by Carol Tice
I’ve frequently discussed the virtues of adding some copywriting to your freelance-writing mix. But, many writers ask, how do I get started as a copywriter? Most copywriters break in by writing for a small, local business in their town.
The good news: Small businesses that need marketing help are everywhere.
Here are 10 ways to find your first business writing assignments:
1) Friends and family. Tell everyone you know you’re available to write for businesses. Let them know the types of copywriting work that interest you, whether it’s brochures, white papers, direct mail sales letters, or Web content.
2) Businesses you patronize. As you go about your daily life, you interact with many small businesses. You see a chiropractor, shop at a local organic grocer, or take your kids to a gym. These are all natural places for you to connect with business owners. Your secret weapon—you already know and like the business! You could also do a barter deal for writing work since you’re already a customer.
3) Your local downtown. Walk the business district of your neighborhood or visit the local chamber of commerce and pick up all their current brochures or fliers. Call or stop in at the ones that have weak marketing materials, introduce yourself as a copywriter, and ask if they’d like help creating more powerful messages.
4) Your local business park. Companies in industrial parks tend to be medium-sized or bigger, and in fairly low-glamour businesses — meaning they’re prime copywriting targets. They need to get out the word, as they don’t have a shop on Main Street customers can see. Also, they tend to get hit up less, so the competition isn’t as stiff. Before you knock on doors and introduce yourself, drive through once and write down all the company names. Go home and look at their Web sites (or discover they don’t have one), so you have something to talk about when you come back and try to meet the business owners.
5) Business networking events. Wherever large groups of business owners gather in your town—the local Chamber luncheon, weekly networking group, LinkedIn meetup, or whatever—you want to be there.
6) Social media. Work your networks and online forums and let them know you’re open for copywriting work. Find prospect companies and follow them — strike up a conversation, study their Web site, maybe provide some useful marketing-article links, then make your pitch. Use your blog to discuss your quest for copywriting work. Try InMail on LinkedIn — LI reports it has an impressive 30 percent response rate.
7) In niche industries you know. This is an easy way to identify prospects, particularly if you’re looking for work blogging or writing other online content. If you have an area of expertise, look at the Web sites of all the local businesses in that niche. Then call the companies with the worst Web sites and mention the most glaring omission in their marketing plan — might they need a blog, a white paper, case studies?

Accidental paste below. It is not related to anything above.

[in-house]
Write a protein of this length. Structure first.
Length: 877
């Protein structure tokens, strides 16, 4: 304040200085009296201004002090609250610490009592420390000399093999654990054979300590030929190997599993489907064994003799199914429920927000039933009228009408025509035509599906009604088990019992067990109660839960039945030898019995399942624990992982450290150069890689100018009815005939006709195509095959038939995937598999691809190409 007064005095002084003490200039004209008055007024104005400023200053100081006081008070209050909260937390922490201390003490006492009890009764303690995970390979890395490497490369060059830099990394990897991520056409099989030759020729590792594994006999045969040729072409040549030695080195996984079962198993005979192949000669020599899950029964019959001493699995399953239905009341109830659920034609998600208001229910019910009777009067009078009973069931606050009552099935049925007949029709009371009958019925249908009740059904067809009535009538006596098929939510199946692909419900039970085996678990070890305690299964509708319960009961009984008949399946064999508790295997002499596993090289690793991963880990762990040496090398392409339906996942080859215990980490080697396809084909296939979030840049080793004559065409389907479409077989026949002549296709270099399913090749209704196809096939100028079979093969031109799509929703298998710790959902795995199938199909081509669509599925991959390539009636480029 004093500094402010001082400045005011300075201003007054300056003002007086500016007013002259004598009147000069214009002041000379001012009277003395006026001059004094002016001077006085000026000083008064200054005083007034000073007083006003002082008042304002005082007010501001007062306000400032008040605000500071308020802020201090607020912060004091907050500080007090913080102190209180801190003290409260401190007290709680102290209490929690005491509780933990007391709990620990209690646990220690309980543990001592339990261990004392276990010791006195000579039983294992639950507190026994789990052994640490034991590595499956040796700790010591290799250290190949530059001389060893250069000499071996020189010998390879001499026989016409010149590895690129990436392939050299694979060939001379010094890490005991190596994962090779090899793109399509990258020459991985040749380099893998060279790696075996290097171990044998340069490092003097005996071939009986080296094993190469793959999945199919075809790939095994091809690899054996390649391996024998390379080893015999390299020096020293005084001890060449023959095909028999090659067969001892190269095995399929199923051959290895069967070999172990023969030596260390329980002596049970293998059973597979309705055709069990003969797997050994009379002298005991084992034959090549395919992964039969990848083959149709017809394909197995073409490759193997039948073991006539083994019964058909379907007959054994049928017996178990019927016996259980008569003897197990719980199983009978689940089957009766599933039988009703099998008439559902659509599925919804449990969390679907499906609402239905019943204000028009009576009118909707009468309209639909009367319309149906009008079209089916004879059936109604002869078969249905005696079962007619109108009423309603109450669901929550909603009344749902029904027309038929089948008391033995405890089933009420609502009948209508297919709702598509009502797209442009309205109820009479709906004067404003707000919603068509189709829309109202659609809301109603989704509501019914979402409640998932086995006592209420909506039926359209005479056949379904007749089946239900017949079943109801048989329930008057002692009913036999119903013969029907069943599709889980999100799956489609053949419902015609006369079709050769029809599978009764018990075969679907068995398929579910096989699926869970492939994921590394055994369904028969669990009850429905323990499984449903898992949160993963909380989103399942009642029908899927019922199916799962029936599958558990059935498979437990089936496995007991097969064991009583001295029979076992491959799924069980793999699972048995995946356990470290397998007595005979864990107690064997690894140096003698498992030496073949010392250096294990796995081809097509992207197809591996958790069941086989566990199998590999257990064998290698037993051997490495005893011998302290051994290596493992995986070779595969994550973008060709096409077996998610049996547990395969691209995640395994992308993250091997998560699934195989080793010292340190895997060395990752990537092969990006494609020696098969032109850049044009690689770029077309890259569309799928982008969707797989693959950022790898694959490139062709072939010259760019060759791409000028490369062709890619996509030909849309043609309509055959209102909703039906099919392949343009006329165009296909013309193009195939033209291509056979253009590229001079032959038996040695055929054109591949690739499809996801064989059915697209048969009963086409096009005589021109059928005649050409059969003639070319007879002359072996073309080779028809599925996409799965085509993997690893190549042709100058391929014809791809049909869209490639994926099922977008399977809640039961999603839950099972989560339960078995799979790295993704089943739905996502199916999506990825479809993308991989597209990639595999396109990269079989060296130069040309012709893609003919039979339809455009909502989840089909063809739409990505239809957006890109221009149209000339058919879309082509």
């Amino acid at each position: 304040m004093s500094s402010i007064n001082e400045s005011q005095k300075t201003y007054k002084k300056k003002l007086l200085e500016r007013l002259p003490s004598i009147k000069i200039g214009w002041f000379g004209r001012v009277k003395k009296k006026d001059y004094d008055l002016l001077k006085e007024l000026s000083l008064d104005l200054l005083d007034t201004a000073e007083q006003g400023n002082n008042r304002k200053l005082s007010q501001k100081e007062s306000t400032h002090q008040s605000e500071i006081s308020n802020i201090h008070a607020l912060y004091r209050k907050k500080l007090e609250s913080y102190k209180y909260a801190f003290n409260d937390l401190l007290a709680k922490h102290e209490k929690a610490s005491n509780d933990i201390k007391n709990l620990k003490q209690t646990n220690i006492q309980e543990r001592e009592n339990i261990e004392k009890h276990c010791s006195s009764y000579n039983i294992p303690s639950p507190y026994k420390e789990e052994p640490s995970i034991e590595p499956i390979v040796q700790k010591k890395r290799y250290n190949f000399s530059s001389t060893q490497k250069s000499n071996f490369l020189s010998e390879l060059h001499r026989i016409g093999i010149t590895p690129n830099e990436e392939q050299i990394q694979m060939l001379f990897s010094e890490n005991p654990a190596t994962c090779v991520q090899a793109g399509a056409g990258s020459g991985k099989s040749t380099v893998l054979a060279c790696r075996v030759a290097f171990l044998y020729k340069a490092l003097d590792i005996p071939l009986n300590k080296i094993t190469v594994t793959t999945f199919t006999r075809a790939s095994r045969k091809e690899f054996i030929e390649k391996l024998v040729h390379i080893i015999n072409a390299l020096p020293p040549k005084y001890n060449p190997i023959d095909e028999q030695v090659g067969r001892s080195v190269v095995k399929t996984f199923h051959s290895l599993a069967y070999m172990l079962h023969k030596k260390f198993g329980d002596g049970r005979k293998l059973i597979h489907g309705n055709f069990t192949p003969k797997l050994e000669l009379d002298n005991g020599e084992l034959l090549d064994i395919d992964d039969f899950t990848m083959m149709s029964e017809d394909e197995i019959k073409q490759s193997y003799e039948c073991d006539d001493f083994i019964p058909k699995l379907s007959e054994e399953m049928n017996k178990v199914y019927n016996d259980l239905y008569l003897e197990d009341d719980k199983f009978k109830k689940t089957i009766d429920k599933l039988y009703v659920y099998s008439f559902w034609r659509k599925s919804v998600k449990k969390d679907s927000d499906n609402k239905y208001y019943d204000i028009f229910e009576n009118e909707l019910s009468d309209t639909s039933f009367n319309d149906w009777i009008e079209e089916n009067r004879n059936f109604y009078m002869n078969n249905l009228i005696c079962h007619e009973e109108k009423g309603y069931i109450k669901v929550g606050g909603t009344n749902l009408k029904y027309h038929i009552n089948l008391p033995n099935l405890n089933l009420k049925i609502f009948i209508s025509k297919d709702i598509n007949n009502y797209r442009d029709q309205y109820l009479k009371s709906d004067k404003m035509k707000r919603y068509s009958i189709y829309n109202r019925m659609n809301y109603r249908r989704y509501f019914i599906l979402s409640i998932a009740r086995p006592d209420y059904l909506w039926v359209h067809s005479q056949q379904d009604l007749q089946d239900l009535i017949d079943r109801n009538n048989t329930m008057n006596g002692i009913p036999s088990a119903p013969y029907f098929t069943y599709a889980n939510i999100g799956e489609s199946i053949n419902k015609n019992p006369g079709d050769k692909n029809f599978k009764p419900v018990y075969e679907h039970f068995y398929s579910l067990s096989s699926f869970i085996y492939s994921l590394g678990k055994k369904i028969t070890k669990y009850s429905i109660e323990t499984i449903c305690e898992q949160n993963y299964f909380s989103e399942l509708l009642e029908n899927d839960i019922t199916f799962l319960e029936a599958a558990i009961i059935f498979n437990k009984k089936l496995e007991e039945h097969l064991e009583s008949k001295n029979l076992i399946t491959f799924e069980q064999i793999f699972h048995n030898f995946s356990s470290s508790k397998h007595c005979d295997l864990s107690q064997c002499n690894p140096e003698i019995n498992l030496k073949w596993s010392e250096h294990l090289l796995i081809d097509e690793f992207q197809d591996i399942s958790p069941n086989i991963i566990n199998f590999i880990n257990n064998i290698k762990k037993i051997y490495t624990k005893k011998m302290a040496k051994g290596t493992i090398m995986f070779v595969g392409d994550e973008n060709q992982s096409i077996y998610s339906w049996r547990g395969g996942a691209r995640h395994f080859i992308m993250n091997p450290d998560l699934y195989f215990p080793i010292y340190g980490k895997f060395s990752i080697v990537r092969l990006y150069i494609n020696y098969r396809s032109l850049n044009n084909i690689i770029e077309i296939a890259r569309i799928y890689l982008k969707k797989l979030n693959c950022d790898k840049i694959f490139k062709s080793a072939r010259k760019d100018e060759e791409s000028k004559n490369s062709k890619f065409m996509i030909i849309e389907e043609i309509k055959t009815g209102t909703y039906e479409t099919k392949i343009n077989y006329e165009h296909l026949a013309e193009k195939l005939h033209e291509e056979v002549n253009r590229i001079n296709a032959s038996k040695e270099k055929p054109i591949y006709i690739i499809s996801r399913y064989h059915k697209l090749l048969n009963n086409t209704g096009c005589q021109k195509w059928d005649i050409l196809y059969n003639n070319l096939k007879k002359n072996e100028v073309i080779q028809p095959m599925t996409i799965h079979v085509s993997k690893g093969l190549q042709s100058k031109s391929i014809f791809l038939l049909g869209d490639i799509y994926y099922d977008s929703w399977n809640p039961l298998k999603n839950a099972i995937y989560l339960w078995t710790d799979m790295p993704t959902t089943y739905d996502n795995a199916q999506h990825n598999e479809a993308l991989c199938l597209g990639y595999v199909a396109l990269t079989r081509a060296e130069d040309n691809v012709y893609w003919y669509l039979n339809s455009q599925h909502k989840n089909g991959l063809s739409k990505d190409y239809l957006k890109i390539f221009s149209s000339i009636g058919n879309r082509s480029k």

8. Through content-site profiles. While I don’t recommend trying to earn by bidding on projects on content sites such as Elance or Guru.com, it can be worthwhile to leave a profile on these heavily-trafficked sites. Small businesses looking for writers do scan these sites, and may find you and approach you off the site and hire you. I recently went on an interview to ghost a CEO’s book, and the company found me through an old Guru profile I’d forgotten all about!
9) At print publications. Magazines’ article assignments are often the tip of an iceberg at a publisher. There may be opportunities to write advertorial articles for the magazine’s advertisers, or to create special advertising sections. They may put on conferences that need marketing materials, or have a “custom publishing” arm that helps companies create training courses or books that commemorate company milestones.
10) By creating a sample. If you’re really stuck for a first client, create a marketing piece about your copywriting services. You can then use this as a mailer to send to prospects. Having a sample in front of them should help you sign up that first client. Personally, when I broke into copywriting in 2005, I used a variant of #2. I called on companies I had written about in my staff-writing job at a business journal to let them know I was leaving the paper. (Many folks do this when they leave a company to freelance, by turning around and freelancing for their former employer.) One of them asked me to ghost his blog and write advertorial articles for the company’s Web site. I made several thousand dollars over a few months’ time, and I was on my way.
If you’ve done copywriting, how did you first break in? Leave a comment and tell us about it.
This post originally appeared on the WM Freelance Writer’s Connection.
Photo via Flickr user ruthieonart